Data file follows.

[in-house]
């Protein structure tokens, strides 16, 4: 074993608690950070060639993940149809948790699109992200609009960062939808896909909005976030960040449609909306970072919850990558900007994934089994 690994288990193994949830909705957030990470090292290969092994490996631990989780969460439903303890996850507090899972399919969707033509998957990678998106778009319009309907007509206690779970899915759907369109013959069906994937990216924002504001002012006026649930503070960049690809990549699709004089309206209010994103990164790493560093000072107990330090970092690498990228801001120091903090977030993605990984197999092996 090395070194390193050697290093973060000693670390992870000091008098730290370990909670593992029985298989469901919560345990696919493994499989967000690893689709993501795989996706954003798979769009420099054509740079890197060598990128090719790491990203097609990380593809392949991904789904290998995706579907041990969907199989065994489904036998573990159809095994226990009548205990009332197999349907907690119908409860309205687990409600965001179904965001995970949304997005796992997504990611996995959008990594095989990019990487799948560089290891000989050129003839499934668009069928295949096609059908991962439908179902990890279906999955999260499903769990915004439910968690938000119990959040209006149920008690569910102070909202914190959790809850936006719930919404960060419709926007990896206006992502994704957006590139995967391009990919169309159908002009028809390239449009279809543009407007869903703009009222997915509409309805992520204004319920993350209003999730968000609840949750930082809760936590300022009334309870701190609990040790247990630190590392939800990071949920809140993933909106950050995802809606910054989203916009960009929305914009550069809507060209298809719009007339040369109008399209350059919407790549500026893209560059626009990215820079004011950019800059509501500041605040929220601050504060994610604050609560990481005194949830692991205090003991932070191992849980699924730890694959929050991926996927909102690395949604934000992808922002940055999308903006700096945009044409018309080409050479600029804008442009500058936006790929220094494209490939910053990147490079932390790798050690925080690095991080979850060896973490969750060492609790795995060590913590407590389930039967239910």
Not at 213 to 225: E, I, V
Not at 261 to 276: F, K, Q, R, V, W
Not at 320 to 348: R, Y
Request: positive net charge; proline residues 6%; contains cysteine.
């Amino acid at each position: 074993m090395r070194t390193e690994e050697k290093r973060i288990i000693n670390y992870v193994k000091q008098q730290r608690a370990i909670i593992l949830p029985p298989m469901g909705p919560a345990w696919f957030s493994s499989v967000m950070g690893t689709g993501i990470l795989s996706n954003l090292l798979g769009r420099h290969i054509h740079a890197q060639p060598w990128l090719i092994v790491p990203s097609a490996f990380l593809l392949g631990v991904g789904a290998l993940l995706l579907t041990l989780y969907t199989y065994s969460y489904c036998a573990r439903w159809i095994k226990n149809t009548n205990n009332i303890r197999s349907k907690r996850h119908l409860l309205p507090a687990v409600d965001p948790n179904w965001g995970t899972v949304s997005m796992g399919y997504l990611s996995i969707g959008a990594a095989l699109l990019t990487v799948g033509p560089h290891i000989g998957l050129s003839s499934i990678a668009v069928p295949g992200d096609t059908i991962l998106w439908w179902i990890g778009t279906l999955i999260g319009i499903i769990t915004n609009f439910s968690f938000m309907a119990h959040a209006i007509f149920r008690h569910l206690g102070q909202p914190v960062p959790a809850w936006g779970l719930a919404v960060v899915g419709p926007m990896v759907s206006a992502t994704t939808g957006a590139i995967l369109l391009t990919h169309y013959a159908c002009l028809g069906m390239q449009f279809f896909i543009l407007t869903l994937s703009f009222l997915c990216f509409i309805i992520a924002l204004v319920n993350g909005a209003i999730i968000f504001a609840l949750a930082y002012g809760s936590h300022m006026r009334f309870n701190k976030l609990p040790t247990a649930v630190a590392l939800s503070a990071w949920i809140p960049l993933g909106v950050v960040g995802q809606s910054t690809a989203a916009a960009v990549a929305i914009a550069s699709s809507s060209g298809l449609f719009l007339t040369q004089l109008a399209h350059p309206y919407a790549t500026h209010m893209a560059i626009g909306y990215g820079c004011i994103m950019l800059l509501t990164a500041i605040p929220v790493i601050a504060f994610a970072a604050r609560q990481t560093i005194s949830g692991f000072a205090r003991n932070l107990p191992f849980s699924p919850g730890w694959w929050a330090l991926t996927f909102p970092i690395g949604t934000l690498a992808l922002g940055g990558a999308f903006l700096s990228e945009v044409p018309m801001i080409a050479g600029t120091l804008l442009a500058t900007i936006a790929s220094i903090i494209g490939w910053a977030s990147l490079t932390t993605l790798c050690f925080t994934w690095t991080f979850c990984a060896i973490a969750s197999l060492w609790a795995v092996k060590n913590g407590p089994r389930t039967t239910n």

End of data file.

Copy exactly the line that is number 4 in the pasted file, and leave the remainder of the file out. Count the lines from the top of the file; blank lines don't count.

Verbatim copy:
Not at 261 to 276: F, K, Q, R, V, W